“The weight of the world was on my shoulders until my child got into a high-quality program. Every young child like Lorraine deserves this opportunity. Waiting for space in a program until your child is 2, 3, or even older before enrollment is not an option for so many families.”

Deputy Secretary Suzann Morris spoke to her role as a mother and to her leadership role over current initiatives of the Office of Child Development and Early Learning, sharing that work is underway to make early childhood programs more efficient such as program coordination in regional Early Learning Resource Centers.

Watch the full press conference here.

Quotes from Pennsylvania Legislators

At the press conference, state legislators spoke out on the following topics:

Senator Pat Browne, Co-Chair, Early Childhood Education Caucus

“This is the type of results-based thinking that’s necessary to maximize where the state spends its limited amount of discretionary revenue. These early learning programs have a proven track record of helping prevent at-risk young people from falling behind or dropping out of school. Looking long-term, young people who receive early learning assistance are more likely to become productive members of our community. By prioritizing spending on these vital programs it will save the Commonwealth long-term costs.”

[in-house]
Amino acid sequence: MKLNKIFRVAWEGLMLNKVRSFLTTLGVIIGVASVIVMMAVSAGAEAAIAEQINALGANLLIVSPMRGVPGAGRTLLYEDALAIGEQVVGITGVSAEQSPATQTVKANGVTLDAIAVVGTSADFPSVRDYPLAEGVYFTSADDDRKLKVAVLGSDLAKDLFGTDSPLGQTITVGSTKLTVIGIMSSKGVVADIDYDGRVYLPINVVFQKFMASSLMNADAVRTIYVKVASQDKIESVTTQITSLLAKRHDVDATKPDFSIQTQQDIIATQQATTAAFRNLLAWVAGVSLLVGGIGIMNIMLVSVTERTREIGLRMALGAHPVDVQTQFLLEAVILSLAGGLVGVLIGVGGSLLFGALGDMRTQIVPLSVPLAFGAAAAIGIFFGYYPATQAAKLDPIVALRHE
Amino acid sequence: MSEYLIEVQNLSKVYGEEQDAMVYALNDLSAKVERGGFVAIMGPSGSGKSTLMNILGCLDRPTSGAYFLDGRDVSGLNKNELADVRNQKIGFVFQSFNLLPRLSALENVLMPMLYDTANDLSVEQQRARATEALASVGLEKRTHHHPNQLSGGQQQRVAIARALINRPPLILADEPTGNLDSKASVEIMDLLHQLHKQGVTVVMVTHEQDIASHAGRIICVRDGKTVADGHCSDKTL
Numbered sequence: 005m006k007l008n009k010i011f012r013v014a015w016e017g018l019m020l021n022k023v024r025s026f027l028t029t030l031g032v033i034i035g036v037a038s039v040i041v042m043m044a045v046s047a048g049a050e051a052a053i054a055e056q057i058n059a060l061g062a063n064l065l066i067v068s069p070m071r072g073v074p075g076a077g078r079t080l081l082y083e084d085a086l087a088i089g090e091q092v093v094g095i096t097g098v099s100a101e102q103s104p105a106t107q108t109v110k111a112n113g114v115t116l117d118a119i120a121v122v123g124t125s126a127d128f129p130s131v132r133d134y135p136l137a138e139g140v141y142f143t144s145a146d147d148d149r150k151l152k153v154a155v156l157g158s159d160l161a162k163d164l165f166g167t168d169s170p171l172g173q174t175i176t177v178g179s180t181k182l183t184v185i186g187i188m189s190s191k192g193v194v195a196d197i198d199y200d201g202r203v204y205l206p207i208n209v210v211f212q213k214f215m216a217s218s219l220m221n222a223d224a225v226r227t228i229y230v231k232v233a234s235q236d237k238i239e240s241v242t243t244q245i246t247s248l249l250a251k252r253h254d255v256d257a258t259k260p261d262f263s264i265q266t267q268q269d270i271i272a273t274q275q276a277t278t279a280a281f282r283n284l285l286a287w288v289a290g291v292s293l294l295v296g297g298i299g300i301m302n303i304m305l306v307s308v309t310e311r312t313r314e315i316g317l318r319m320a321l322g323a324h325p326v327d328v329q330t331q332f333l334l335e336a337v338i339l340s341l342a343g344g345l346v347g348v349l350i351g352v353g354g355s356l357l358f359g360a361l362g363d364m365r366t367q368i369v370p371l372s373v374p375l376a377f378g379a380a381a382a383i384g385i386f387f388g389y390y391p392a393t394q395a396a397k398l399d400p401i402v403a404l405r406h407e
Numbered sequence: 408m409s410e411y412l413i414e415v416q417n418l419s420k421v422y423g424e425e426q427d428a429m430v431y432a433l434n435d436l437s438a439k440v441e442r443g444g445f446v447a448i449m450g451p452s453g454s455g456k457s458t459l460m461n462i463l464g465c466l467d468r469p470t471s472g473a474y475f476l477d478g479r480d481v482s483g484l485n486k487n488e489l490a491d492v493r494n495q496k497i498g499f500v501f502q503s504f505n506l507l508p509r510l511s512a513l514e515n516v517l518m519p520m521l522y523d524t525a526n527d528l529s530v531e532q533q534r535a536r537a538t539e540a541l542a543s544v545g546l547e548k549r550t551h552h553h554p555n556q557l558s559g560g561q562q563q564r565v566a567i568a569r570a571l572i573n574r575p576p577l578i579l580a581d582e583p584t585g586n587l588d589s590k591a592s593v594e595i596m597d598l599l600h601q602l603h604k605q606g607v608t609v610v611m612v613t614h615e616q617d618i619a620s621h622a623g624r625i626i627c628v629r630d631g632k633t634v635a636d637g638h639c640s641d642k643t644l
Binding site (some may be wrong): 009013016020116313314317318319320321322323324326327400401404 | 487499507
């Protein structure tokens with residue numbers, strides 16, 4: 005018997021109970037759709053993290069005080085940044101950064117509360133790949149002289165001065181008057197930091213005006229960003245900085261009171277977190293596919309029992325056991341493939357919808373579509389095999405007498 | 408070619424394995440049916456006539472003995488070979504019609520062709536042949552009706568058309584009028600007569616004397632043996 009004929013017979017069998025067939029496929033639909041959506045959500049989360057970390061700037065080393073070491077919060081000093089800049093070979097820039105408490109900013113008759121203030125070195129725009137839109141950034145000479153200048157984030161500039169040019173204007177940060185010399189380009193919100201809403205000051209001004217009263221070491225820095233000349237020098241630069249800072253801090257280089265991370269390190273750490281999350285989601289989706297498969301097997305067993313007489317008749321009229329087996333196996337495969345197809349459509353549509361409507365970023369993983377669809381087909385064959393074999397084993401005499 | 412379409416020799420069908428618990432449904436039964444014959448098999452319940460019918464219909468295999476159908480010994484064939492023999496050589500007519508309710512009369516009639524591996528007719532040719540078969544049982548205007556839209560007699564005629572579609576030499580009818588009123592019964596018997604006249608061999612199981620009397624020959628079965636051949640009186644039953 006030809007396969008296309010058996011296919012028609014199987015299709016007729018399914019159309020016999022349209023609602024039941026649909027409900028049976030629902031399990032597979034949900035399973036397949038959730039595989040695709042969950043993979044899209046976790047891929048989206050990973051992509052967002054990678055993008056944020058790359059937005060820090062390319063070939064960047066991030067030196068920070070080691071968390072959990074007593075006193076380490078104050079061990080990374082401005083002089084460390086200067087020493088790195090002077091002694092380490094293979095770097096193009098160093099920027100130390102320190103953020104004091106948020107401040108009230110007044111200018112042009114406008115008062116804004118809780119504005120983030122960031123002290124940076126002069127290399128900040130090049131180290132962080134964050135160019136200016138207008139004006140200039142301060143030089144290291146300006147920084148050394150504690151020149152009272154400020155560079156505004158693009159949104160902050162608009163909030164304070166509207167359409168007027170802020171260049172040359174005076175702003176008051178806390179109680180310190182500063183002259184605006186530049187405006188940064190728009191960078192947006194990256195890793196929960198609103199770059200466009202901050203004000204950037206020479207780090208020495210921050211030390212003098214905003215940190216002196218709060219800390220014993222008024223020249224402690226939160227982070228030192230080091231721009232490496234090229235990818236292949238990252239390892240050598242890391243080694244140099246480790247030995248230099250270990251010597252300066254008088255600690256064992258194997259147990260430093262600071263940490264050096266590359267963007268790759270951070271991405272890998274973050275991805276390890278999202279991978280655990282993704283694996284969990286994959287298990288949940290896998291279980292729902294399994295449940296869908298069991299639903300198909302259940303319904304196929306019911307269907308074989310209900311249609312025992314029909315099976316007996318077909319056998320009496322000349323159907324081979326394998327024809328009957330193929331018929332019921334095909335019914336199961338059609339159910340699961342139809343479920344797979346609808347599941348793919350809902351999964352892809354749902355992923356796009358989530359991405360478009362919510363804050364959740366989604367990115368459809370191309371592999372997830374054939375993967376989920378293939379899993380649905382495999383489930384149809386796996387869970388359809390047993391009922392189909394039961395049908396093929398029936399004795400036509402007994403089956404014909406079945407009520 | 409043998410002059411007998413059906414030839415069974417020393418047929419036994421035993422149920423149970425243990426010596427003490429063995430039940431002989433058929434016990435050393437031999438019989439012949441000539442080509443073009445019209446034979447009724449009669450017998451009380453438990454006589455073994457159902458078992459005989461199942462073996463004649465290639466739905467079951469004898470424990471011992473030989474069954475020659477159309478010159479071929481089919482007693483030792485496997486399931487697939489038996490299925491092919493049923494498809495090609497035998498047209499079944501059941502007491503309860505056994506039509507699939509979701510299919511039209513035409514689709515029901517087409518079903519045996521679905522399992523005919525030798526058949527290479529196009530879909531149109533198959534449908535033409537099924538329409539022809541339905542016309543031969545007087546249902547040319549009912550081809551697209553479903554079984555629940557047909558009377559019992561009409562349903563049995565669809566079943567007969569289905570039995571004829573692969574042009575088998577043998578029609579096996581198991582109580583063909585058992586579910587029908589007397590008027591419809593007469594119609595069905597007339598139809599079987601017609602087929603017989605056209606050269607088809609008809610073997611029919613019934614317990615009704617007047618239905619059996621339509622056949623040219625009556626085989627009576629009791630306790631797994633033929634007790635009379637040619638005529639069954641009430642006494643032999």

Senator Jay Costa

“Paying [early childhood professionals] some of the lowest wages in the service industry is simply unacceptable and needs to change.”

Representative Mark Longietti, Co-Chair, Early Childhood Education Caucus

“Programs provide a safe and secure environment and teachers help children learn the “executive function” and self-regulation skills that are necessary for life success – from being able to pay attention, plan, and prioritize to recognizing, naming and controlling their emotions.”

Representative Lynda Schlegel Culver

“The state has a waiting list of over 4,300 kids for a subsidy and an average waiting time of 88 days as of November. And only one-third of children receiving subsidized care were in Keystone STAR 3 or 4 programs.”

How You Can Support

Help us inform and engage Pennsylvania policymakers on the changes necessary to increase access, affordability, and quality in infant/toddler child care programs and sign-on your support here or download, complete, and email this sign-on form to

For updates on the campaign, follow Start Strong PA on Facebook and Twitter.


For questions or to schedule an interview with campaign launch speakers or Start Strong PA partner organizations, please contact Lissa Geiger Shulman at 717.802.1881 or